[erlang-questions] Using processes to implement business logic
Fri Jan 30 18:03:34 CET 2015
Thank you for taking the time to answer my email.
On 30 Jan 2015, at 15:45, Garrett Smith <g@REDACTED> wrote:
>> I am looking for opinions about using processes to encapsulate the state of business entities.
> By using the term "business entity" you've tipped your hand I'm afraid :)
> It's hard, and not productive in my experience, to map RDBMS and/or OO
> modeling concepts into Erlang. People do it, try it, etc. - but I just
> don't think it's a good fit.
Sorry if the term entity was confusing, I was not using it this way.
As I did not want to go into the discussion of Object Oriented Programming, I tried to find a less opinionated word for a “thing”, part of the domain model. You’ll noticed that I did not talk about mapping a RDBMS either, just persistence.
> A process is an independent thread of execution. So if you have any
> sort of independent activity in your app, you'll need processes. You
> in fact might not. If you're building a web app, processes and their
> lifecycle are handled by the web server - you'll just feed it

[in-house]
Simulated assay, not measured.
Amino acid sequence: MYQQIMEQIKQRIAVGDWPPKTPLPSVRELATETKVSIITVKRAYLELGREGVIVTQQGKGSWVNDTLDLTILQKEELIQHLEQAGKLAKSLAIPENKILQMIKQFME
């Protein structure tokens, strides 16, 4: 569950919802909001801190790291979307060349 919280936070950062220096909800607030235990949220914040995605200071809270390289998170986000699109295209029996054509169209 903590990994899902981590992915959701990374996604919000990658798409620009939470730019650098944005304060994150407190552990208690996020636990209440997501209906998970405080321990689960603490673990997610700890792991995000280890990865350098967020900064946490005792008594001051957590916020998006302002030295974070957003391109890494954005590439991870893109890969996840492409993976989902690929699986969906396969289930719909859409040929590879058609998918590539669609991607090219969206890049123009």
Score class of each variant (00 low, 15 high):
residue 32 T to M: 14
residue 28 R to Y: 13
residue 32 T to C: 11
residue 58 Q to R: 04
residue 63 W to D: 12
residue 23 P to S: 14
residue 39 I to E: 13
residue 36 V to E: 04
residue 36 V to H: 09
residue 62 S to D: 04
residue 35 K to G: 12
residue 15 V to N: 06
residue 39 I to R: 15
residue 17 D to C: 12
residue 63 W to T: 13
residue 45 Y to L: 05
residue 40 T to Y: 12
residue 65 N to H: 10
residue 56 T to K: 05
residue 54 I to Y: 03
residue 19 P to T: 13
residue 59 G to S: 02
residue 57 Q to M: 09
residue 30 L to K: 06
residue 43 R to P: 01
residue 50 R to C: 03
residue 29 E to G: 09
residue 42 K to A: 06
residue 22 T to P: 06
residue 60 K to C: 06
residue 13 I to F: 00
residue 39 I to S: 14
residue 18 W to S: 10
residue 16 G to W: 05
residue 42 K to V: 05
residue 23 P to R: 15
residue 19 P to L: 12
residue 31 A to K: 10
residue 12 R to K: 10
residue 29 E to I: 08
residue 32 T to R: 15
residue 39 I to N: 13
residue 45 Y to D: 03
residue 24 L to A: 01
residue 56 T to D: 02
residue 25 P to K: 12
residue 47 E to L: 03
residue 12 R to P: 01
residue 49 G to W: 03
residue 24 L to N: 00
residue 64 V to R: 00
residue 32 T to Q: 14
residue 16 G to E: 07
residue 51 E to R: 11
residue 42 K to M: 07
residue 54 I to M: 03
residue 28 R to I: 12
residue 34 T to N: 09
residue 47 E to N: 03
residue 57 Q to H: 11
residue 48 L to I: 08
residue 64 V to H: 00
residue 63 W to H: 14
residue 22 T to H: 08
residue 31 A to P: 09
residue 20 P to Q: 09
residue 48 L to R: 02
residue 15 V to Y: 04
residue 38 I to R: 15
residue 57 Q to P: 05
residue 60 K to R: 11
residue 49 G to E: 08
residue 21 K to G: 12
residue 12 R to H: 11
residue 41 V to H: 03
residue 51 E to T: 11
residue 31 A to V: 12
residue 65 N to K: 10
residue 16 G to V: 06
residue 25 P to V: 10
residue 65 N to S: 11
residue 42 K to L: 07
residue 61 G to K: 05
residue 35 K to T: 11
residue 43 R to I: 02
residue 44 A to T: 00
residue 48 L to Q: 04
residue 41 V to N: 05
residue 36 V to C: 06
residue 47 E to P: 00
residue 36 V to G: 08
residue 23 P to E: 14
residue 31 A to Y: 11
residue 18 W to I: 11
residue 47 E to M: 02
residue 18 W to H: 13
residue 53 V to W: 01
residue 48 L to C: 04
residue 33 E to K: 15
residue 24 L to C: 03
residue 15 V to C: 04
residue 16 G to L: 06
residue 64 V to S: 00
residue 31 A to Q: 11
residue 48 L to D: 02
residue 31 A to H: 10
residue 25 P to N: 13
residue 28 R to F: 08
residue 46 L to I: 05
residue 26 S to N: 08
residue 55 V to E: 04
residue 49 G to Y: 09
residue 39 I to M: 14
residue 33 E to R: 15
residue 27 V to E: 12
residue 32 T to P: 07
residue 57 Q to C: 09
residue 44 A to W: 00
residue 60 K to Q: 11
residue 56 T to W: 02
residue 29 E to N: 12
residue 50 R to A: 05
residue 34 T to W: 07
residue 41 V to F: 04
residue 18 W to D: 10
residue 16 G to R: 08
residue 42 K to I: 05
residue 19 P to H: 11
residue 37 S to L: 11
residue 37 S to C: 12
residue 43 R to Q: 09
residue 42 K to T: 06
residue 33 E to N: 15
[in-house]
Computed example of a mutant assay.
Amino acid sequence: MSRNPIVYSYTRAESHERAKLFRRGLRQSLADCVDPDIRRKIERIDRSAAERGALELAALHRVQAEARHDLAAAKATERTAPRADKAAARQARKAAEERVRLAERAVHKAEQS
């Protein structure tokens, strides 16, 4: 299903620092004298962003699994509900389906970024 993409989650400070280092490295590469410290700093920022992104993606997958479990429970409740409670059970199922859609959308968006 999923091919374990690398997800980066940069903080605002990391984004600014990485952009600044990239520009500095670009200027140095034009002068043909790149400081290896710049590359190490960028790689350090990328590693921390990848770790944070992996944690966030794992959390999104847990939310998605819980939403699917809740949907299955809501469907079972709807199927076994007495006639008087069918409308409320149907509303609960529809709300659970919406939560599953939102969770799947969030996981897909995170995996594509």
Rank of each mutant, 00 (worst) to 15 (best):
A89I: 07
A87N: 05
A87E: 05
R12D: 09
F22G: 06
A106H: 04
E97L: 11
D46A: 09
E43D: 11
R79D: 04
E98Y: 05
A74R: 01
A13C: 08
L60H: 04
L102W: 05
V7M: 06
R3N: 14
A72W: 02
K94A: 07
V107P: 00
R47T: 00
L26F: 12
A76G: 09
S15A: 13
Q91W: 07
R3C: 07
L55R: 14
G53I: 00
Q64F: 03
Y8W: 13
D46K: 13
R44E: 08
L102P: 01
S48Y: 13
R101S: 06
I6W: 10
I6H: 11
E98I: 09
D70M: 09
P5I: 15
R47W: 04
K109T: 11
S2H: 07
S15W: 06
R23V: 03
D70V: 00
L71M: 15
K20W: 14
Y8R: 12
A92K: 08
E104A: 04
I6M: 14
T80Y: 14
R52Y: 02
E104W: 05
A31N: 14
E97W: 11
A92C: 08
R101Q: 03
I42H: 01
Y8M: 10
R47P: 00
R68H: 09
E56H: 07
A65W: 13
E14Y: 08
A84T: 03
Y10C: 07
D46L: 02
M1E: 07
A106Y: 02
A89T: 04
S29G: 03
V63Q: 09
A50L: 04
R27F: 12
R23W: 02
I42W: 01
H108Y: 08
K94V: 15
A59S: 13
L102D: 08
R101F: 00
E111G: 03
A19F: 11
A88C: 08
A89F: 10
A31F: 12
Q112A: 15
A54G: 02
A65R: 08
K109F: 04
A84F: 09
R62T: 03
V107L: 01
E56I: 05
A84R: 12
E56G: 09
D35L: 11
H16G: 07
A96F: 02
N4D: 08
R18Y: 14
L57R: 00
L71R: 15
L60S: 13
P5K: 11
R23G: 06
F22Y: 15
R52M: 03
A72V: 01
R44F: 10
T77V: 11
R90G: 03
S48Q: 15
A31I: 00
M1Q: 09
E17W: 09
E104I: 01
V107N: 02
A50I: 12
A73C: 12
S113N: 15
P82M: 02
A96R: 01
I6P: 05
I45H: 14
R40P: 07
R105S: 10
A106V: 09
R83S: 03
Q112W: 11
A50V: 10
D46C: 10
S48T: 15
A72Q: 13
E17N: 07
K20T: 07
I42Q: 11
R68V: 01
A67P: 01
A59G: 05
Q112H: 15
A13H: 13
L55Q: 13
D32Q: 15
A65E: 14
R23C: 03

> functions. Where are the business entities here? Don't look for them.
I don’t see how the implementation of the business logic as to do with the external interface (web server).
>> Now another question... given this “actor” based approach, I am having difficulties to figure out a proper way of dealing with processes lifetime. How would you do this in practice? Manually, or implement simple garbage collection, reference counting, ...?
> Sticking with "user" as our business entity (sigh) what's its
> lifetime? Unless you are building a simulator where users come and go
> quickly, we're certainly not talking about representing a user with a
> process. For me it's very hard to even think of a "user" as existing
> at all in a typical businessy app. You have "user state" - and that
> will be initially created by some *activity* or trigger - e.g. some
> HTTP request from a web app (someone clicked "Create User" on a web
> form). Then some other event comes along - maybe a timed cron job -
> and it checks some state of a "user" and performs some work. Or
> someone requests a web page and you have to read user state. It's all
> activities here (processes) and logic (functions).
Again, I don’t understand why the web server would have anything to do with the of implementing a user as a process or a record. That does not rule out the possibility to modelling a user entity (or actor, or object, whatever you feel comfortable with) as a process.
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